Gang rape and murder of veterinary student sparks protest in New Delhi

Luke O'Reilly
Outraged protesters gathered in New Delhi after the woman's body was found in Hyderabad: Reuters

Hundreds of protesters gathered in New Delhi to demand justice after a veterinarian was gang-raped and killed last week.

The protesters demanded a fast-track investigation in the case and stringent laws for the safety of women in India.

The burned body of the 27-year-old woman was found Thursday morning by a passer-by in an underpass in the southern city of Hyderabad after she went missing the previous night.

Police said four suspects have been taken into custody.

"We are not safe anymore in India. We are scared to move out of our homes," said Sejal Kumar, a college student.

The protesters have demanded a 'stream-lined' judicial process (Reuters)

Violent crimes against women have been in the spotlight in India since 2012, when the fatal gang rape of a young woman aboard a moving bus in New Delhi prompted hundreds of thousands to take to the streets to demand stricter rape laws.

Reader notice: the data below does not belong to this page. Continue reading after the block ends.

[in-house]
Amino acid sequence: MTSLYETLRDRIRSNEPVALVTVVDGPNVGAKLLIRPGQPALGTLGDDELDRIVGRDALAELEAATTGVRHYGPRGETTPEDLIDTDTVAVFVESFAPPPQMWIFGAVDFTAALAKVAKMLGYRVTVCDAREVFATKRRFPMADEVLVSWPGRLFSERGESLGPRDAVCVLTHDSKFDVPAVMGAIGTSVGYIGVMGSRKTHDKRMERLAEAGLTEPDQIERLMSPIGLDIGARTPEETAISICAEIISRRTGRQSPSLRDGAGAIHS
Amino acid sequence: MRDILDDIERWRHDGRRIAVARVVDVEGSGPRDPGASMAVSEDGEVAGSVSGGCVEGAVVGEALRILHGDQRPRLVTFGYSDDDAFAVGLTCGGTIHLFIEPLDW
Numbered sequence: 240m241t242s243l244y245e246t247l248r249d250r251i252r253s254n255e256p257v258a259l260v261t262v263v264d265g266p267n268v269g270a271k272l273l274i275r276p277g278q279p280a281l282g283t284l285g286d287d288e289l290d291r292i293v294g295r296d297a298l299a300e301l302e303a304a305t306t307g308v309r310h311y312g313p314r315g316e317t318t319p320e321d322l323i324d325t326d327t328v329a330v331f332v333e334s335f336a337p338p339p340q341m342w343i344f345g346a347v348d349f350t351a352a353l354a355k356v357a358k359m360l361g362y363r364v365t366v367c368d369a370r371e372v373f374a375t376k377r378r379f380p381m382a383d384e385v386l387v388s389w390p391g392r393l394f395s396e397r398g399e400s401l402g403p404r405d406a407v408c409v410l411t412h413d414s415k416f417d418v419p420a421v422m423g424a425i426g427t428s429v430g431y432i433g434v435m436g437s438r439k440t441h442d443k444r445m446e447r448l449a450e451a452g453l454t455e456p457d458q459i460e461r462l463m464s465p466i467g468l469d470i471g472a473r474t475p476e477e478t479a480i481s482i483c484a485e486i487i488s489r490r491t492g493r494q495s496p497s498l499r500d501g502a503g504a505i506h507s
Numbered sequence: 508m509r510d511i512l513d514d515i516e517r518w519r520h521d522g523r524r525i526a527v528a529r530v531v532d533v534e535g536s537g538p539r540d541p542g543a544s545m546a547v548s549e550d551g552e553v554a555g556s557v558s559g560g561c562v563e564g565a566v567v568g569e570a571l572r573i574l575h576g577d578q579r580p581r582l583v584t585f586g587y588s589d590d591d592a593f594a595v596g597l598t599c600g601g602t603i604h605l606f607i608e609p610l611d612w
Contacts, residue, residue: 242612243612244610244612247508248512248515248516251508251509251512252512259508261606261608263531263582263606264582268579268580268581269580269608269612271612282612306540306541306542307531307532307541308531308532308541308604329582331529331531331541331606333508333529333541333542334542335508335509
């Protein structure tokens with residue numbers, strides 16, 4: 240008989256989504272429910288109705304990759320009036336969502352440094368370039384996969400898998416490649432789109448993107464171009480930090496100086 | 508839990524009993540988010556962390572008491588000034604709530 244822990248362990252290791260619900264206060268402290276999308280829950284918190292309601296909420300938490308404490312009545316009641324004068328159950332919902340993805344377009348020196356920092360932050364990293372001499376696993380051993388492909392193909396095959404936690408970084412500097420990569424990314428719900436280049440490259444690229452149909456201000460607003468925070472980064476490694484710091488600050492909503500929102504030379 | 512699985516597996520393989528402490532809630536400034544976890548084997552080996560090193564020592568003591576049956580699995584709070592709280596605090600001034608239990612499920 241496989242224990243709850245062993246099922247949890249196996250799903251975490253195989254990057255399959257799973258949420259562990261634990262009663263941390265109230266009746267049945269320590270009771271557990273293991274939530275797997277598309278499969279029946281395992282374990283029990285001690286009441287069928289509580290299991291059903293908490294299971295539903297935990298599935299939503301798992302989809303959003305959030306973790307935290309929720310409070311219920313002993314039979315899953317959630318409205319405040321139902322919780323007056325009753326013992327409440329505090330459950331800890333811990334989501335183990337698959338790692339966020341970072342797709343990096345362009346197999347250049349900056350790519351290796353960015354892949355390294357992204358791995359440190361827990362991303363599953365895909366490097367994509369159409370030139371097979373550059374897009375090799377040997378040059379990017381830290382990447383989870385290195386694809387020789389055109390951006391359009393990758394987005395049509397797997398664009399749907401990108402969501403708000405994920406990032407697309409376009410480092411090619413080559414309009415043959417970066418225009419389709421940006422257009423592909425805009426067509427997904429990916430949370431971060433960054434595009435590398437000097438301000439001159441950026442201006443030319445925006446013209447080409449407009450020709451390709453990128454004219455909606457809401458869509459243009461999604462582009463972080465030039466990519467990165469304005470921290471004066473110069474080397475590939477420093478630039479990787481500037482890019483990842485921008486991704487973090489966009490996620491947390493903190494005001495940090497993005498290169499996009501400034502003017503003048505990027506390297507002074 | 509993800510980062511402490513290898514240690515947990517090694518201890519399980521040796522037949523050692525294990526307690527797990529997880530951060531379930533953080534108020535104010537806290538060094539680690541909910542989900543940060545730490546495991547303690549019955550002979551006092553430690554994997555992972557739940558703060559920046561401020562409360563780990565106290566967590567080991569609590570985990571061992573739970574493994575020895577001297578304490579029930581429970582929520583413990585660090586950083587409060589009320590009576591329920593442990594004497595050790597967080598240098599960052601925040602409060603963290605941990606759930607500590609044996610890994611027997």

The outrage spurred quick action on legislation that doubled prison terms for rapists to 20 years and criminalized voyeurism, stalking and the trafficking of women. Indian lawmakers also voted to lower to 16 from 18 the age at which a person can be tried as an adult for heinous crimes.

According to the most recent available official crime records, police registered 33,658 cases of rape in India in 2017 - an average of more than 90 every day. But the real figure is believed to be far higher as many women in India don't register the cases in police stations due to fear.

The data also reveals that more than 90% of cases of crime against women are pending in city courts.

Police kept protesters behind a barricade (Reuters)

The latest incident was also debated in Parliament.

Defense Minister Rajnath Singh said that the government is willing to discuss crime against women and to explore the strongest provisions in the law.

"This act has brought shame to the entire country. It has hurt everyone. The accused must be given the most stringent punishment for their crime," Singh said.

Activists in India say the government has failed in checking the rising crimes against women.

Jyoti Badekar, a women's rights activist from Mumbai, said the lack of female police staff is one of the factors fueling the problem.